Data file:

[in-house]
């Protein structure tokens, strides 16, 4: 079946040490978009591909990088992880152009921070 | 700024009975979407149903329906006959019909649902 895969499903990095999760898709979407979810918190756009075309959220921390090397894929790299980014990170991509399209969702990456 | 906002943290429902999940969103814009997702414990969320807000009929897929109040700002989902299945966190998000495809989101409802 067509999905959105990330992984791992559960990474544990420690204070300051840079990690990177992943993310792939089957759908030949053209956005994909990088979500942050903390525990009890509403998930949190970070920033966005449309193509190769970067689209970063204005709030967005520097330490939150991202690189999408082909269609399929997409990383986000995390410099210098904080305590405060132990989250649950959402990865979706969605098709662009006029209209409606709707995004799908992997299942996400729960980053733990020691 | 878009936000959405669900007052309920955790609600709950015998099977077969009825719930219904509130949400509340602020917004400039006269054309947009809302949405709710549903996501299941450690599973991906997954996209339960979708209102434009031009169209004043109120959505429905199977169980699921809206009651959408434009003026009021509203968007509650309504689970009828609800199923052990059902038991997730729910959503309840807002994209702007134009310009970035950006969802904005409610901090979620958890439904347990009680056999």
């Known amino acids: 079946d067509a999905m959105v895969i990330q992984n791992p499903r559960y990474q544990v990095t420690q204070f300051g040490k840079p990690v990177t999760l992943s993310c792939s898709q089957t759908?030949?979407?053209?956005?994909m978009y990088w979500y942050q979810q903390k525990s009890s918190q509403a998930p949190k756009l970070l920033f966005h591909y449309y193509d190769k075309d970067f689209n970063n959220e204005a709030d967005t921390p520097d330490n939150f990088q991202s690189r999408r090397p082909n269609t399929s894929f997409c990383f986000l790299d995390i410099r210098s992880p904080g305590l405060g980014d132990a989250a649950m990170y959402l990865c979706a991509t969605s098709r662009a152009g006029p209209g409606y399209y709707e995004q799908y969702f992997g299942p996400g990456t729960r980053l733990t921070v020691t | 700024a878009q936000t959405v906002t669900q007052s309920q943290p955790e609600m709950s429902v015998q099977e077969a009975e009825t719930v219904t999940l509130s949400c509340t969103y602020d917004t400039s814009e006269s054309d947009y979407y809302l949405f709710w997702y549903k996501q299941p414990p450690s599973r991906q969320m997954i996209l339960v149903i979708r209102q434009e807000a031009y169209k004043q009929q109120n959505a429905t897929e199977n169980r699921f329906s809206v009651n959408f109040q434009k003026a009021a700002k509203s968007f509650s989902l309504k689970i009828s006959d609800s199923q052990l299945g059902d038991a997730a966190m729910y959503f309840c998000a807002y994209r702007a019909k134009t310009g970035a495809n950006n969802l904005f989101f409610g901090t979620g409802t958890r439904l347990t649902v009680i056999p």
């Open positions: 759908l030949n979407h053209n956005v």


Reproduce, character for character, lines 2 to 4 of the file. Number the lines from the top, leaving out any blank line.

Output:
């Protein structure tokens, strides 16, 4: 079946040490978009591909990088992880152009921070 | 700024009975979407149903329906006959019909649902 895969499903990095999760898709979407979810918190756009075309959220921390090397894929790299980014990170991509399209969702990456 | 906002943290429902999940969103814009997702414990969320807000009929897929109040700002989902299945966190998000495809989101409802 067509999905959105990330992984791992559960990474544990420690204070300051840079990690990177992943993310792939089957759908030949053209956005994909990088979500942050903390525990009890509403998930949190970070920033966005449309193509190769970067689209970063204005709030967005520097330490939150991202690189999408082909269609399929997409990383986000995390410099210098904080305590405060132990989250649950959402990865979706969605098709662009006029209209409606709707995004799908992997299942996400729960980053733990020691 | 878009936000959405669900007052309920955790609600709950015998099977077969009825719930219904509130949400509340602020917004400039006269054309947009809302949405709710549903996501299941450690599973991906997954996209339960979708209102434009031009169209004043109120959505429905199977169980699921809206009651959408434009003026009021509203968007509650309504689970009828609800199923052990059902038991997730729910959503309840807002994209702007134009310009970035950006969802904005409610901090979620958890439904347990009680056999």
């Known amino acids: 079946d067509a999905m959105v895969i990330q992984n791992p499903r559960y990474q544990v990095t420690q204070f300051g040490k840079p990690v990177t999760l992943s993310c792939s898709q089957t759908?030949?979407?053209?956005?994909m978009y990088w979500y942050q979810q903390k525990s009890s918190q509403a998930p949190k756009l970070l920033f966005h591909y449309y193509d190769k075309d970067f689209n970063n959220e204005a709030d967005t921390p520097d330490n939150f990088q991202s690189r999408r090397p082909n269609t399929s894929f997409c990383f986000l790299d995390i410099r210098s992880p904080g305590l405060g980014d132990a989250a649950m990170y959402l990865c979706a991509t969605s098709r662009a152009g006029p209209g409606y399209y709707e995004q799908y969702f992997g299942p996400g990456t729960r980053l733990t921070v020691t | 700024a878009q936000t959405v906002t669900q007052s309920q943290p955790e609600m709950s429902v015998q099977e077969a009975e009825t719930v219904t999940l509130s949400c509340t969103y602020d917004t400039s814009e006269s054309d947009y979407y809302l949405f709710w997702y549903k996501q299941p414990p450690s599973r991906q969320m997954i996209l339960v149903i979708r209102q434009e807000a031009y169209k004043q009929q109120n959505a429905t897929e199977n169980r699921f329906s809206v009651n959408f109040q434009k003026a009021a700002k509203s968007f509650s989902l309504k689970i009828s006959d609800s199923q052990l299945g059902d038991a997730a966190m729910y959503f309840c998000a807002y994209r702007a019909k134009t310009g970035a495809n950006n969802l904005f989101f409610g901090t979620g409802t958890r439904l347990t649902v009680i056999p």
């Open positions: 759908l030949n979407h053209n956005v």